The Golden Goose, by Brothers Grimm
There was a man who had three sons, the youngest of whom was called
Dummling, and was despised, mocked, and put down on every occasion.
It happened that the eldest wanted to go into the forest to hew wood,
and before he went his mother gave him a beautiful sweet cake and a
bottle of wine in order that he might not suffer from hunger or thirst.
When he entered the forest there met him a little grey-haired old man
who bade him good-day, and said, "Do give me a piece of cake out of
your pocket, and let me have a draught of your wine; I am so hungry and
thirsty." But the prudent youth answered, "If I give you my cake and
wine, I shall have none for myself; be off with you," and he left the
little man standing and went on.
But when he began to hew down a tree, it was not long before he made a
false stroke, and the axe cut him in the arm, so that he had to go home
and have it bound up. And this was the little grey man's doing.
After this the second son went into the forest, and his mother gave him,
like the eldest, a cake and a bottle of wine. The little old grey man met
him likewise, and asked him for a piece of cake and a drink of wine. But
the second son, too, said with much reason, "What I give you will be
taken away from myself; be off!" and he left the little man standing
and went on. His punishment, however, was not delayed; when he had made
a few strokes at the tree he struck himself in the leg, so that he had
to be carried home.
Then Dummling said, "Father, do let me go and cut wood." The father
answered, "Your brothers have hurt themselves with it, leave it alone,
you do not understand anything about it." But Dummling begged so long
that at last he said, "Just go then, you will get wiser by hurting
yourself." His mother gave him a cake made with water and baked in the
cinders, and with it a bottle of sour beer.
When he came to the forest the little old grey man met him likewise,
and greeting him, said, "Give me a piece of your cake and a drink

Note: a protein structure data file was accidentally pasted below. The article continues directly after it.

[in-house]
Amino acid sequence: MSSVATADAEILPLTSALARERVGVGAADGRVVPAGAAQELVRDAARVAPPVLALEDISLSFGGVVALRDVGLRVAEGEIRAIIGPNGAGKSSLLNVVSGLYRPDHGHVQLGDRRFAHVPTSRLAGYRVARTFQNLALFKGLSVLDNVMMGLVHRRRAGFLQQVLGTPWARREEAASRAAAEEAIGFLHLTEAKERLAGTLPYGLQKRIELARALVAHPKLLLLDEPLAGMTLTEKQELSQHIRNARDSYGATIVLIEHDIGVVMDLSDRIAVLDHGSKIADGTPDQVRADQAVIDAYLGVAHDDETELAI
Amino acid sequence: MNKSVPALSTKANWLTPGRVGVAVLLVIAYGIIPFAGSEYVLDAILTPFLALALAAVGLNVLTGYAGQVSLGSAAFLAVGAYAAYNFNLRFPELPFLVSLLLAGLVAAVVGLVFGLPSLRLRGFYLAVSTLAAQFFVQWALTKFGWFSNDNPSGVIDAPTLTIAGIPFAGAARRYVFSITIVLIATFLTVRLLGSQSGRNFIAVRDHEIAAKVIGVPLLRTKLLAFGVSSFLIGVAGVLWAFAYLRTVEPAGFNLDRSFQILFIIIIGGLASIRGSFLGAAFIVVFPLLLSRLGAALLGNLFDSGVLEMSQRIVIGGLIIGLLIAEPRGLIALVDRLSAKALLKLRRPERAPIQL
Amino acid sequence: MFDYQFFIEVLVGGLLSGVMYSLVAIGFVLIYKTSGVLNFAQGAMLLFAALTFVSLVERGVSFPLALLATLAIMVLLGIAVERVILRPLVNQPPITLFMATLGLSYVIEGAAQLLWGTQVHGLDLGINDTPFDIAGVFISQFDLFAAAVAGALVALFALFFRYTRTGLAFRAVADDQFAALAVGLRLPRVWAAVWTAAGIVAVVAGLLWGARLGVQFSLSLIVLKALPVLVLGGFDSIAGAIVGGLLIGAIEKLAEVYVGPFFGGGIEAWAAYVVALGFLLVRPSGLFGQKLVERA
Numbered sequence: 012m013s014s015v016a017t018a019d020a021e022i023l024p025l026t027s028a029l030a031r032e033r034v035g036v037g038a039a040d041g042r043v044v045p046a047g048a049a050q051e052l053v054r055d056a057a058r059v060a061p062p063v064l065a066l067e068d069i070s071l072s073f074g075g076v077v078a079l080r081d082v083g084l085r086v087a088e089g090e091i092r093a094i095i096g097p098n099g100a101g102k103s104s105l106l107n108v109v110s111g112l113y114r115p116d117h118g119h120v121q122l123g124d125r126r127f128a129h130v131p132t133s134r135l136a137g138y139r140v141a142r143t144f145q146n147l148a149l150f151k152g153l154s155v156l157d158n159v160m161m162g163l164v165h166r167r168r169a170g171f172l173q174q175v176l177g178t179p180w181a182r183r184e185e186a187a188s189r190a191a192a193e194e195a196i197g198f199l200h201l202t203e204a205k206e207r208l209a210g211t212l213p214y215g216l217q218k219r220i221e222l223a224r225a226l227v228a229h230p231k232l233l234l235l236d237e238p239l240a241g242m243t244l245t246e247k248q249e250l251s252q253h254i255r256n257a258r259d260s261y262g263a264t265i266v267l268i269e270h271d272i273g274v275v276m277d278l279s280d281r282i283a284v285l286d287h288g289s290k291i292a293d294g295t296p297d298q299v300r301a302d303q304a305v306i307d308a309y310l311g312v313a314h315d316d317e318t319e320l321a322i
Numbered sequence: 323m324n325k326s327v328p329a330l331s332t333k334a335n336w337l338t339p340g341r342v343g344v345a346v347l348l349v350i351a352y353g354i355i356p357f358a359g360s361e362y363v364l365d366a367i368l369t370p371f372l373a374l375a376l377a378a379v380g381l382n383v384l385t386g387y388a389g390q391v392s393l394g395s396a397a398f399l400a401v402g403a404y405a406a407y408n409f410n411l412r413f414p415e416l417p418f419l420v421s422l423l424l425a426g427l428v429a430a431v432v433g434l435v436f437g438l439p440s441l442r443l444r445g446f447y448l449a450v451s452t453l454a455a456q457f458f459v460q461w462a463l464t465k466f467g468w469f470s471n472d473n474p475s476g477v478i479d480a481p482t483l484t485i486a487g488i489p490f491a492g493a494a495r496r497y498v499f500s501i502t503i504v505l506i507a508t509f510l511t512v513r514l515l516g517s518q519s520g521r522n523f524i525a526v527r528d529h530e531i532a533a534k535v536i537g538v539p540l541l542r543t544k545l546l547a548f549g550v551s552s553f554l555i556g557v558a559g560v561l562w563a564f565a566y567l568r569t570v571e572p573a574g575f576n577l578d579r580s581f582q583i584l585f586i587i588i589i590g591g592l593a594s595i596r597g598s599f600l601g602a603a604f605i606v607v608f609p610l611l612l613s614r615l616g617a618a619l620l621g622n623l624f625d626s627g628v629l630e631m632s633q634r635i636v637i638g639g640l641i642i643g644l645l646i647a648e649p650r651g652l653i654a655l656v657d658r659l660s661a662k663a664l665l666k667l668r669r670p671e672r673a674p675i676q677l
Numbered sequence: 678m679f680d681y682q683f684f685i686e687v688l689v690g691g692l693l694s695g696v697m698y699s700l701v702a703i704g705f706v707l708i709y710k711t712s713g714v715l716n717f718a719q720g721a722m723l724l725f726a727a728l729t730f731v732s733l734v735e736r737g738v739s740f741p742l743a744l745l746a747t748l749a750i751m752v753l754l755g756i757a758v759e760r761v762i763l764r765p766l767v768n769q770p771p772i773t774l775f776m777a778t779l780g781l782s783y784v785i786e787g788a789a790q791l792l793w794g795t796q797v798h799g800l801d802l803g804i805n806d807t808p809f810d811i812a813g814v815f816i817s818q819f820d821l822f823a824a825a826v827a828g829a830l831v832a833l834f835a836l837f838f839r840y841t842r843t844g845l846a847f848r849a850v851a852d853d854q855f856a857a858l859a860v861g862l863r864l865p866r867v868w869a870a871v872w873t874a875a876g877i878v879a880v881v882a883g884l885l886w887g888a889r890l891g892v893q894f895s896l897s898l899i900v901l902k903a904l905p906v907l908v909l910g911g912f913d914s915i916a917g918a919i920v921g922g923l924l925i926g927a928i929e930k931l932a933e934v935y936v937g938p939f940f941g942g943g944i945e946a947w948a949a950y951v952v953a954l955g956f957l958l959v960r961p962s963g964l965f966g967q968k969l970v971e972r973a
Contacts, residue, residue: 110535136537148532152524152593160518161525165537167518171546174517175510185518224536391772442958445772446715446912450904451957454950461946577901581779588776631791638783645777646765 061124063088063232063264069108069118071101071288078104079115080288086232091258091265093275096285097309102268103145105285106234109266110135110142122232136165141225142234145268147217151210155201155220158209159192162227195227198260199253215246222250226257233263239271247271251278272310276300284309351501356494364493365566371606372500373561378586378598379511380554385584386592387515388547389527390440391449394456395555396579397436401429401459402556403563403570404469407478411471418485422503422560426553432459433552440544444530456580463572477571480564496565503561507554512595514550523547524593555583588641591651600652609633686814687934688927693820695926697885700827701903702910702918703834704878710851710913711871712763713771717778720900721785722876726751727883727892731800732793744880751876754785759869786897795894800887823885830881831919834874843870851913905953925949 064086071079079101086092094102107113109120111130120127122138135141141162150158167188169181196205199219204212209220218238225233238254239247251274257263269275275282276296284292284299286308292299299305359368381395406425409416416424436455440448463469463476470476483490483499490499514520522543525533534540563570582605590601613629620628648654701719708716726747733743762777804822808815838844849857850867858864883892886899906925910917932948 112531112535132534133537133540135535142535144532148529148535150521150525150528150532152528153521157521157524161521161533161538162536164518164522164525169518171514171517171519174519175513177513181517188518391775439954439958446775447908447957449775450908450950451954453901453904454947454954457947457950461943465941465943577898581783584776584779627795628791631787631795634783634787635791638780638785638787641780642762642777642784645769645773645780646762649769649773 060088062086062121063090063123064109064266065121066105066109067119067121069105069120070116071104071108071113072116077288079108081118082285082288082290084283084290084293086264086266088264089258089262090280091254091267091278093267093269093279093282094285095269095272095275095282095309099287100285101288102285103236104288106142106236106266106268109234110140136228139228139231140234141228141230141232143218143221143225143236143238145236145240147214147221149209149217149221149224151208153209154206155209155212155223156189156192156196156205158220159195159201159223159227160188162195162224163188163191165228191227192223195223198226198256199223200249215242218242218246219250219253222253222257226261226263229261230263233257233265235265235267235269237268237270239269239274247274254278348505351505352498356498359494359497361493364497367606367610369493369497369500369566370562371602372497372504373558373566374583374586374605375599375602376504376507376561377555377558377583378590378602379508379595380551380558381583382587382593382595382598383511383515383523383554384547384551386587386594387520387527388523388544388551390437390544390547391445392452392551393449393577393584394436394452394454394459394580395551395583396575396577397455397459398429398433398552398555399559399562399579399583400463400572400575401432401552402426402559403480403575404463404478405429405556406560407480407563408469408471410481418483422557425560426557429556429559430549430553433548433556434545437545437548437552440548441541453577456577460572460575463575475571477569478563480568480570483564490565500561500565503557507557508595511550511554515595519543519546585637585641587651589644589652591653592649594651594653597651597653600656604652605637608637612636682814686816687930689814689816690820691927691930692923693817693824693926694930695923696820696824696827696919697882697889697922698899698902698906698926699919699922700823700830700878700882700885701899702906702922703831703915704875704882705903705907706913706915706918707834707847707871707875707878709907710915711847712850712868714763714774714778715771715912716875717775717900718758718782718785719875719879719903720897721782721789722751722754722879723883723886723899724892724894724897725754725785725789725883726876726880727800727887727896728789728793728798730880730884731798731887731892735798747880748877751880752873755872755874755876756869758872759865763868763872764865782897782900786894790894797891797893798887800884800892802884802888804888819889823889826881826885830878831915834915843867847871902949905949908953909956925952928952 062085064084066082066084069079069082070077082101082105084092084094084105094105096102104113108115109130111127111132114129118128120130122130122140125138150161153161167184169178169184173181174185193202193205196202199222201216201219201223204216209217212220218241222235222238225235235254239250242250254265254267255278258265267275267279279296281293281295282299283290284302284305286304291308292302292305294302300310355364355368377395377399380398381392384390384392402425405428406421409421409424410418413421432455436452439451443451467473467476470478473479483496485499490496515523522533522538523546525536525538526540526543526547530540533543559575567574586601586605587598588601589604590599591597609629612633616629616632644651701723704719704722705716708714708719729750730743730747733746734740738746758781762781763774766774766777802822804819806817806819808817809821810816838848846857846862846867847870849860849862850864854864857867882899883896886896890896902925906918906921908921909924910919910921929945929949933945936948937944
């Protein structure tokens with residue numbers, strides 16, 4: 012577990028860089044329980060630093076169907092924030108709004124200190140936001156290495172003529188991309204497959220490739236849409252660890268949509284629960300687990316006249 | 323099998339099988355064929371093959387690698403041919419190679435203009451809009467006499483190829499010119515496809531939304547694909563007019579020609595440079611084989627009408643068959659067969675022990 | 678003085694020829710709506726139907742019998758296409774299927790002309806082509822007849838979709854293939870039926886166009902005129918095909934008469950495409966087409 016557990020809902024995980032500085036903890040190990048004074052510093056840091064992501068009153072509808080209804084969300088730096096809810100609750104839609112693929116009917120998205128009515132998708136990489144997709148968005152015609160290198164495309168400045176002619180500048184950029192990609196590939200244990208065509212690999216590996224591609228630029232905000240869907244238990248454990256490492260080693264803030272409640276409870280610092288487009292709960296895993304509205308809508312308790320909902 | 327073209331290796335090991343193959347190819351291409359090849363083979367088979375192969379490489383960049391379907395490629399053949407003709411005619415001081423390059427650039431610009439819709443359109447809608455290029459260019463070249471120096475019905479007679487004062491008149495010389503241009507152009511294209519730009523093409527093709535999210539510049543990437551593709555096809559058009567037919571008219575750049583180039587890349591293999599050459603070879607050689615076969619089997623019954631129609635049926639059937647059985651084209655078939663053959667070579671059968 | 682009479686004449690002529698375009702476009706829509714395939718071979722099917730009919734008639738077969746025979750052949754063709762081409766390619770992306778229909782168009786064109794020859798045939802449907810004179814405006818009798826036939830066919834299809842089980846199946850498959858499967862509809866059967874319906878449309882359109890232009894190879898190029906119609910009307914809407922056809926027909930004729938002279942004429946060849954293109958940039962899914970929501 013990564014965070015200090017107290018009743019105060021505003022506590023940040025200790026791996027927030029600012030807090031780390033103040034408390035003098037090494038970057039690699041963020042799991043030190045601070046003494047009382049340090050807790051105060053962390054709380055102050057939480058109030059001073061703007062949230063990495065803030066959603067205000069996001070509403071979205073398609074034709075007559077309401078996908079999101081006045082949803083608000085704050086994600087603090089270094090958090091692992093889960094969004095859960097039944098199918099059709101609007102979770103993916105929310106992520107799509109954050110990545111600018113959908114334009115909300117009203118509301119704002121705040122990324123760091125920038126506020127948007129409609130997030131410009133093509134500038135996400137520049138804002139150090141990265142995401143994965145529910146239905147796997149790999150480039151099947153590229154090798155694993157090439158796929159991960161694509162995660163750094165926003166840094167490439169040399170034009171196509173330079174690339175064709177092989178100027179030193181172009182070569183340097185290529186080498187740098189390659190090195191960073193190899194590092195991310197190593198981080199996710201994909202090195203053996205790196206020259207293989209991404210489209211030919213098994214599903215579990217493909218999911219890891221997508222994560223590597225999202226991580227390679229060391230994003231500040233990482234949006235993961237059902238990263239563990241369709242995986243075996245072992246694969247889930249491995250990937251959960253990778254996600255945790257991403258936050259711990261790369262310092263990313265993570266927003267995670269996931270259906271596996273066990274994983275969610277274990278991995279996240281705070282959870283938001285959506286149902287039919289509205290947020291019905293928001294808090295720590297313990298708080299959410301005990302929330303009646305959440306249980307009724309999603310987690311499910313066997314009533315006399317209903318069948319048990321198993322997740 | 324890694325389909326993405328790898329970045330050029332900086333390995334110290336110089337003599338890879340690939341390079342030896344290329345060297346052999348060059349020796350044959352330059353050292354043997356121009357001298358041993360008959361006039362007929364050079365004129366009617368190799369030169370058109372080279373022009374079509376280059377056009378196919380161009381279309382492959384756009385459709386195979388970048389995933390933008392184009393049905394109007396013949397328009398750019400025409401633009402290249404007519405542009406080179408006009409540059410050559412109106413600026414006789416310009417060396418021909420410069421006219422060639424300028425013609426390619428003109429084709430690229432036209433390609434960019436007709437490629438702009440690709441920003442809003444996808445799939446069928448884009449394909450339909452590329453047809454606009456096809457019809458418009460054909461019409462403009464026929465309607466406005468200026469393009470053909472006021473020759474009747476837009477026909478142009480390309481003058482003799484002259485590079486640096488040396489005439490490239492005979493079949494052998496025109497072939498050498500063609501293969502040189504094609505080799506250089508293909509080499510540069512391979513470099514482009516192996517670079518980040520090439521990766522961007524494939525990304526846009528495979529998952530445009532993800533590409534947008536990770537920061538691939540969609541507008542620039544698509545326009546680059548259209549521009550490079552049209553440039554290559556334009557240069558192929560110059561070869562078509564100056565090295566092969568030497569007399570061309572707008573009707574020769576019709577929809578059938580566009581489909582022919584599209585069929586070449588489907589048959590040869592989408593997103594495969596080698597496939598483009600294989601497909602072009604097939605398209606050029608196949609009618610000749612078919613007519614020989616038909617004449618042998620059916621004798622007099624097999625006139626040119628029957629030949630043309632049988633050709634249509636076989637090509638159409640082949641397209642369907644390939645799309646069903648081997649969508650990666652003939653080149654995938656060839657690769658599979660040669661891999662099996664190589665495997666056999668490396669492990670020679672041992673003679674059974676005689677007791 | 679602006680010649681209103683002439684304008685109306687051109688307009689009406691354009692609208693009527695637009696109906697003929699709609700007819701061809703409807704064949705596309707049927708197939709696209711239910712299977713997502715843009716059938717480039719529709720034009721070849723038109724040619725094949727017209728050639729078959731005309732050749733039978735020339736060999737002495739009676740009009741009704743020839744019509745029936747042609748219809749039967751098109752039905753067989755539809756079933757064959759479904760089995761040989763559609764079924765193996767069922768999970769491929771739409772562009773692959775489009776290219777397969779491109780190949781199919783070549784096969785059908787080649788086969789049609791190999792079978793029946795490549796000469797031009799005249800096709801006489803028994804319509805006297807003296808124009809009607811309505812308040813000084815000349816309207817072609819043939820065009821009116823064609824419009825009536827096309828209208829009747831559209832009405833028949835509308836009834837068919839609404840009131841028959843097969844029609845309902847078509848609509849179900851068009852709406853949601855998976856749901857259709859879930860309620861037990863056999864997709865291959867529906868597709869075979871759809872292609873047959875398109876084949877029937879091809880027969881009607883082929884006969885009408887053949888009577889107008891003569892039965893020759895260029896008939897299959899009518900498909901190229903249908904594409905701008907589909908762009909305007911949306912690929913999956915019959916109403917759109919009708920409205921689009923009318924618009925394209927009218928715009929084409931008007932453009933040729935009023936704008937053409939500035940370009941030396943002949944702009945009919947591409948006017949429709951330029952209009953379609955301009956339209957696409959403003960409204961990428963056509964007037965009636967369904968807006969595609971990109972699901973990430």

out of your bottle; I am so hungry and thirsty." Dummling answered,
"I have only cinder-cake and sour beer; if that pleases you, we will
sit down and eat." So they sat down, and when Dummling pulled out his
cinder-cake, it was a fine sweet cake, and the sour beer had become
good wine. So they ate and drank, and after that the little man said,
"Since you have a good heart, and are willing to divide what you have,
I will give you good luck. There stands an old tree, cut it down, and you
will find something at the roots." Then the little man took leave of him.
Dummling went and cut down the tree, and when it fell there was a goose
sitting in the roots with feathers of pure gold. He lifted her up, and
taking her with him, went to an inn where he thought he would stay the
night. Now the host had three daughters, who saw the goose and were
curious to know what such a wonderful bird might be, and would have
liked to have one of its golden feathers.
The eldest thought, "I shall soon find an opportunity of pulling out a
feather," and as soon as Dummling had gone out she seized the goose by
the wing, but her finger and hand remained sticking fast to it.
The second came soon afterwards, thinking only of how she might get a
feather for herself, but she had scarcely touched her sister than she
was held fast.
At last the third also came with the like intent, and the others screamed
out, "Keep away; for goodness' sake keep away!" But she did not understand
why she was to keep away. "The others are there," she thought, "I may
as well be there too," and ran to them; but as soon as she had touched
her sister, she remained sticking fast to her. So they had to spend the
night with the goose.
The next morning Dummling took the goose under his arm and set out,
without troubling himself about the three girls who were hanging on to
it. They were obliged to run after him continually, now left, now right,
just as he was inclined to go.
In the middle of the fields the parson met them, and when he saw the
procession he said, "For shame, you good-for-nothing girls, why are you
running across the fields after this young man? is that seemly?" At the
same time he seized the youngest by the hand in order to pull her away,
but as soon as he touched her he likewise stuck fast, and was himself
obliged to run behind.
Before long the sexton came by and saw his master, the parson, running
behind three girls. He was astonished at this and called out, "Hi,
your reverence, whither away so quickly? do not forget that we have a
christening to-day!" and running after him he took him by the sleeve,
but was also held fast to it.
Whilst the five were trotting thus one behind the other, two labourers
came with their hoes from the fields; the parson called out to them and
begged that they would set him and the sexton free. But they had scarcely
touched the sexton when they were held fast, and now there were seven
of them running behind Dummling and the goose.
Soon afterwards he came to a city, where a king ruled who had a daughter
who was so serious that no one could make her laugh. So he had put
forth a decree that whosoever should be able to make her laugh should
marry her. When Dummling heard this, he went with his goose and all her
train before the King's daughter, and as soon as she saw the seven people
running on and on, one behind the other, she began to laugh quite loudly,
and as if she would never leave off. Thereupon Dummling asked to have her
for his wife, and the wedding was celebrated. After the King's death,
Dummling inherited the kingdom and lived a long time contentedly with